HerstoryHistory

Miscellaneous notes and photos from Scales and Goudie family in Victoria, Australia.

Old School Photos

 

I have come across various old school photos floating around the family, and I feel they are worth preserving. They are from Victoria, Australia, mostly from Melbourne,  and range from the early ‘20s to the early ‘60s.

In case other people are looking for copies, I’ll list them here:

Boroondara State (Primary) School - Grade 3B 1960, Grade 4A 1961, Grade 5, 6 1962 (names available) see Boroondara State School Photos page

Bentleigh East State (Primary) School - Grade 5B (VB) 1968

Mordialloc  School  (Primary) – Grade 1 or 2, about  1927 or 1928 and Grade 3, about 1929

 

 I also have photos from M.C.E.G.S. (Melbourne Grammar) 1934- 1936:

Melbourne Grammar Crew from the Head of the River rowing competition (the crews would be around 90 years of age now):

Second VIII, 1934 (Winners) (H S Moroney, I A Scales, D C Kimpton, A R Guy, P A Black, W T Robertson, J V Connard , E Campbell, N L Speirs)

First Eight, 1935 (R N Hancock, P F Fraser, H O Sternborg, E Campbell, T L W Officer, I A Scales, B F Rose, W T Robertson, J V Connard; W N Ricketts, Esq., coach)

First Crew 1936 (J P Handbury, I Scales, B F Rose, R G Allen, T L W Officer, W T Robertson, K J Laycock, K O Neuendorf, R D Meighan)

Power House Rowing Club, Novice Eight, 1936 (J Barton Jnr, I Scales, N West, J Chadwick, J Fuller, D Stewart, L Orr, D Garside, E Campbell)

Power House Maiden 8 – Winners, Henley 1937 (J Gates, I Scales, J Connard, H Barnett, M West, W Pollock, A Gaynton, F Jew, E Israel)

M.C.E.G.S. (Melbourne Grammar) House Captains, 1936  (R N Hancock, H Dowsley, I A Scales, J G Yewers, C F Long)

 

Melbourne High School – sometime around 1910?

Ardonachie State (Primary) School around 1940

 

Dealing with old photos

I have been scanning the old family photos so that:

- I can correct the original exposure problems and subsequent fading/spotting or scratching

- we can enlarge the photos onscreen or in prints,  to see the details of faces etc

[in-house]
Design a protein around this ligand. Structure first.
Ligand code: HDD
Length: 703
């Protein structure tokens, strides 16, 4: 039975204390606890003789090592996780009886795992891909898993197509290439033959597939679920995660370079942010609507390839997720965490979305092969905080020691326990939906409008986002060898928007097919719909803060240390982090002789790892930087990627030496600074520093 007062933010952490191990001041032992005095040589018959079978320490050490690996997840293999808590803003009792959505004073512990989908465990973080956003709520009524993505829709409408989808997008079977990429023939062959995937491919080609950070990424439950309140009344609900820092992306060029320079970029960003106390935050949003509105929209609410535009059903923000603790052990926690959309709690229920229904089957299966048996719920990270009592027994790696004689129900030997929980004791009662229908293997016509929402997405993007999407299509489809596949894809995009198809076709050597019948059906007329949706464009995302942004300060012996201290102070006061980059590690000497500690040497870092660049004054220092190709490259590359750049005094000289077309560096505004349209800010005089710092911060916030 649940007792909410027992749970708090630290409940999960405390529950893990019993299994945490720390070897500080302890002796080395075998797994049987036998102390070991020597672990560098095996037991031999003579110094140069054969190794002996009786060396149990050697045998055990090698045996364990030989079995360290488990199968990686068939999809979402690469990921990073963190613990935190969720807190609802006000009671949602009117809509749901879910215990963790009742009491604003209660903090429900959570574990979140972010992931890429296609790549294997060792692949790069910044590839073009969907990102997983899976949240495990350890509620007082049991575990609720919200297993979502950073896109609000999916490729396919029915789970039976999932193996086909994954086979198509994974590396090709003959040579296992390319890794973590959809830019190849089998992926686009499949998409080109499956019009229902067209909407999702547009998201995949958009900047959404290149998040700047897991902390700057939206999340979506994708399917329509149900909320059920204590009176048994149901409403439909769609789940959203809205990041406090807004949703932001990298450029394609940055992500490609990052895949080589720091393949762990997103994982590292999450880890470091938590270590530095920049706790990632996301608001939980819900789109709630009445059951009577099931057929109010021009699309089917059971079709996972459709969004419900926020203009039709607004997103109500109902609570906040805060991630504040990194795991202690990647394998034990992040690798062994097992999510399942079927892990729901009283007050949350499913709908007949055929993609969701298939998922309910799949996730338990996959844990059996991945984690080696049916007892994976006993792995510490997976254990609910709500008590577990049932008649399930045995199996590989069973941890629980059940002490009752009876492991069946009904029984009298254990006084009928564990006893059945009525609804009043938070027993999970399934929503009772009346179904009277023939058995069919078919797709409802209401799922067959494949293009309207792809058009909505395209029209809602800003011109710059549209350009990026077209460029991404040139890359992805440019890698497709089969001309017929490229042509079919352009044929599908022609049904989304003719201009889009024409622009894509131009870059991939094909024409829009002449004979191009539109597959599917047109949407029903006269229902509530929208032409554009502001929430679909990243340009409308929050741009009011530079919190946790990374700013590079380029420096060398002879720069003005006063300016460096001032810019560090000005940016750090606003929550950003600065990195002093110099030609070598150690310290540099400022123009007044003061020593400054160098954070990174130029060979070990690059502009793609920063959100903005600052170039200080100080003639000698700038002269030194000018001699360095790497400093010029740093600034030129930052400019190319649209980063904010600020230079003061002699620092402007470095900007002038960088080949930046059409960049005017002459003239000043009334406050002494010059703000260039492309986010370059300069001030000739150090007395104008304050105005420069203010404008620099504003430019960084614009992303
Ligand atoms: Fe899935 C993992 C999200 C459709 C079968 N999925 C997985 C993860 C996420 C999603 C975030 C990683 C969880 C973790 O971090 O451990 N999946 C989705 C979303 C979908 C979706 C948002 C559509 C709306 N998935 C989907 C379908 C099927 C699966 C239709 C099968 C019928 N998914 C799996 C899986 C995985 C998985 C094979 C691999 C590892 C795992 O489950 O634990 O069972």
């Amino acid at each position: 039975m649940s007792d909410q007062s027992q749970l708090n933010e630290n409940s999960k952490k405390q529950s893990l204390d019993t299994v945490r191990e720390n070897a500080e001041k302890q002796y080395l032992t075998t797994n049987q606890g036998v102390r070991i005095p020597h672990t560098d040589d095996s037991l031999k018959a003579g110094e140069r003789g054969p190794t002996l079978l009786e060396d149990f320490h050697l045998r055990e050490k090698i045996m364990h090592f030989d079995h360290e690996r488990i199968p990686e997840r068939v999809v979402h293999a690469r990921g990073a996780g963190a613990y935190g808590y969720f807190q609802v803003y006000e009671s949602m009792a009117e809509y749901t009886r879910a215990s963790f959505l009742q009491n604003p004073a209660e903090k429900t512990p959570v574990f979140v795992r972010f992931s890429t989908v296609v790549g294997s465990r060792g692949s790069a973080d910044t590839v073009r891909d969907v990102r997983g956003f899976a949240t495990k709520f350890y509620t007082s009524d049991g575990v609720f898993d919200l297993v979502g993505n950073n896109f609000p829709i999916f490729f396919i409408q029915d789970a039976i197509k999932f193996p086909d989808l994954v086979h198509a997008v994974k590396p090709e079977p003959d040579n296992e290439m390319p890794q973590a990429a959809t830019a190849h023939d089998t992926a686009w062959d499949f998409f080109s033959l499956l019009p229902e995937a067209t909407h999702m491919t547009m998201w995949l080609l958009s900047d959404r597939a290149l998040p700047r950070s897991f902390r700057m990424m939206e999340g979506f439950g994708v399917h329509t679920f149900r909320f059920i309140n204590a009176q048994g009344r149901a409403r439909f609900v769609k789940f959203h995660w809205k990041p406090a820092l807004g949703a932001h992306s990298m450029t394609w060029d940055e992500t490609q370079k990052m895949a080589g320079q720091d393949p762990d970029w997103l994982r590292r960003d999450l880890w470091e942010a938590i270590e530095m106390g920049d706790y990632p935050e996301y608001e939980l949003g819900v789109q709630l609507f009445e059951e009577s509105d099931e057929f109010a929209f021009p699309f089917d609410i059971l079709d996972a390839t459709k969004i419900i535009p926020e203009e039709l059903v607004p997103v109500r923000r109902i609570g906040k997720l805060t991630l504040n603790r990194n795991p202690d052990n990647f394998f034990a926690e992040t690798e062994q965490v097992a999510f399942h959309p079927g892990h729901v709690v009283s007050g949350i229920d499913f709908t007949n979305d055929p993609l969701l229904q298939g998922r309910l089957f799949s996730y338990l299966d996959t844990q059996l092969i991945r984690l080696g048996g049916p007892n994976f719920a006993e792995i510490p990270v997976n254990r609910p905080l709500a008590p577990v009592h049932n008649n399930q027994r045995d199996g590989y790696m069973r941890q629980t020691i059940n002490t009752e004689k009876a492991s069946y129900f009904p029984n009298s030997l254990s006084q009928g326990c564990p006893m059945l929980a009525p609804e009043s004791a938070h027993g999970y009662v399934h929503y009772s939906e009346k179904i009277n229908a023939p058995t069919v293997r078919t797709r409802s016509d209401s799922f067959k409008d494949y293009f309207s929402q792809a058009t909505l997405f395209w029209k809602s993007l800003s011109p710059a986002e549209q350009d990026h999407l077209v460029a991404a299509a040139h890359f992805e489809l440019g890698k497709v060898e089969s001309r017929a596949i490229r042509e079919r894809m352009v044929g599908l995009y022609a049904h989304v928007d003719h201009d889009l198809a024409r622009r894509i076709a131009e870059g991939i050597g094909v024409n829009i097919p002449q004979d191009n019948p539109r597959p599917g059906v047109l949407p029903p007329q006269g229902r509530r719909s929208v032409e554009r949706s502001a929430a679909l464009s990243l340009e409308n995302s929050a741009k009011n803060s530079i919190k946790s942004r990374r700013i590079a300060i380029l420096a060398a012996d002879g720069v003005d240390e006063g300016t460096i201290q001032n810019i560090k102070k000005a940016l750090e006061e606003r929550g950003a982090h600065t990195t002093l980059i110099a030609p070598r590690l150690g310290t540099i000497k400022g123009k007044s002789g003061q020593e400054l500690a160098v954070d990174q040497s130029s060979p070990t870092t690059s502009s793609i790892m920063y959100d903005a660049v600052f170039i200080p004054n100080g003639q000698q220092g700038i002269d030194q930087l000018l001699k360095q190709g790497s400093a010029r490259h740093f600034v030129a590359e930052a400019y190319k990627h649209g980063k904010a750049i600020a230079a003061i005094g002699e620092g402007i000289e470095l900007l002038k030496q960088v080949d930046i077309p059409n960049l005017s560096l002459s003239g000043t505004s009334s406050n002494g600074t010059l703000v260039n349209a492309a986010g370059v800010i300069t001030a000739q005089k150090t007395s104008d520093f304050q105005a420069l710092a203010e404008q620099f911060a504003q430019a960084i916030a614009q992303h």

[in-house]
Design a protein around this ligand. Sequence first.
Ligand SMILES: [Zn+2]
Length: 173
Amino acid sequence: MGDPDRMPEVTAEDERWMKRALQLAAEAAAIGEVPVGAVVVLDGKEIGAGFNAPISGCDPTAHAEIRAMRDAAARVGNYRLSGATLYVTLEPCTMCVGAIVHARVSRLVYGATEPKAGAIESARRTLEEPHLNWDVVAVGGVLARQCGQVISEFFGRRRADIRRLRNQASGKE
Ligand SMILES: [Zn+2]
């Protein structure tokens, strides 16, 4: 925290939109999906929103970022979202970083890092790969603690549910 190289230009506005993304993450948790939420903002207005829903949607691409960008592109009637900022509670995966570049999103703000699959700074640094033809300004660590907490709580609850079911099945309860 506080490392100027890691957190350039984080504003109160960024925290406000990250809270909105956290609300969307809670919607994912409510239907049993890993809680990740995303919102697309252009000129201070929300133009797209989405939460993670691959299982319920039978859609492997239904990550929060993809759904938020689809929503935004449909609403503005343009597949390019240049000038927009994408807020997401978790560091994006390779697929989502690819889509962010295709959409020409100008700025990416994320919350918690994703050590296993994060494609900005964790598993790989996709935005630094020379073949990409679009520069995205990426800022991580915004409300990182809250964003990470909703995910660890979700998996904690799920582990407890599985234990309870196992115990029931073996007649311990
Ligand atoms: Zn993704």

- we can share photos easily with other family members via email, website or CDs,

- I can make CDs or DVDs of photos for archiving or display, and

- I can easily make prints to share, keep or display.

I was going to buy a scanner, but I bought a cheap Epson printer with a scanner inbuilt (for less than AU$80), and I have found this easy to use, and with great results! The software has an impressive colour restore option for those old reddish photos from the 70's, and the scanning resolution is higher than I'll ever need- I reduce it to 800dpi and still end up with huge .tif files.

To fix the exposure, I  use Microsoft Picture Manager's Edit>Brightness and Contrast ( usually increasing the brightness, then maybe increasing thre contrast and/or colour saturation a bit).

To fix the old scratches and spots, I use Microsoft Photodraw (Touchup> Remove Scratch or Clone). Note-  Paint.net is a free program  which also has a clone tool.

I also had trouble with some of my old snapshots - in the 70's, I put lots of them into photo albums which had sticky pages with a plastic overlay. These albums were very common, and the photos looked great at the time- but when I tried to take them out now, they were stuck fast. I mangled several photos trying to prise them from the page, leaving much of the backs of the photos behind (not so good especially for the photos I'd written on the back of, all those years ago).

I finally hit on a method for getting the photos off the sticky pages with their backs intact. After peeling back the plastic film, I used a hairdryer, set on hot (low speed) to heat the back of the page behind each photo for about 12 seconds, until the photo peeled off easily. This was OK if I could get to the back of the page, though many of the photos curled a fair bit, and I had to flatten them under a pile of books. The pages with photos both sides were a problem- I just had to start with the least valued photos and heat the photos directly before peeling them off, so of course these curled more severely. I could then get to the photos on the other side from behind.

This is not the ideal way to treat old photos, but I figured it was better than tearing them or hacking them off with a craft blade, or leaving them to become even more glued on over the years (and possibly damaged by the plastic overlay).

Once I've scanned the most interesting of my old snaps, I intend to store them cheaply (but more safely) between the pages of a cheap, acid-free sketch book. The valuable family photos will be stored in archival pouches.

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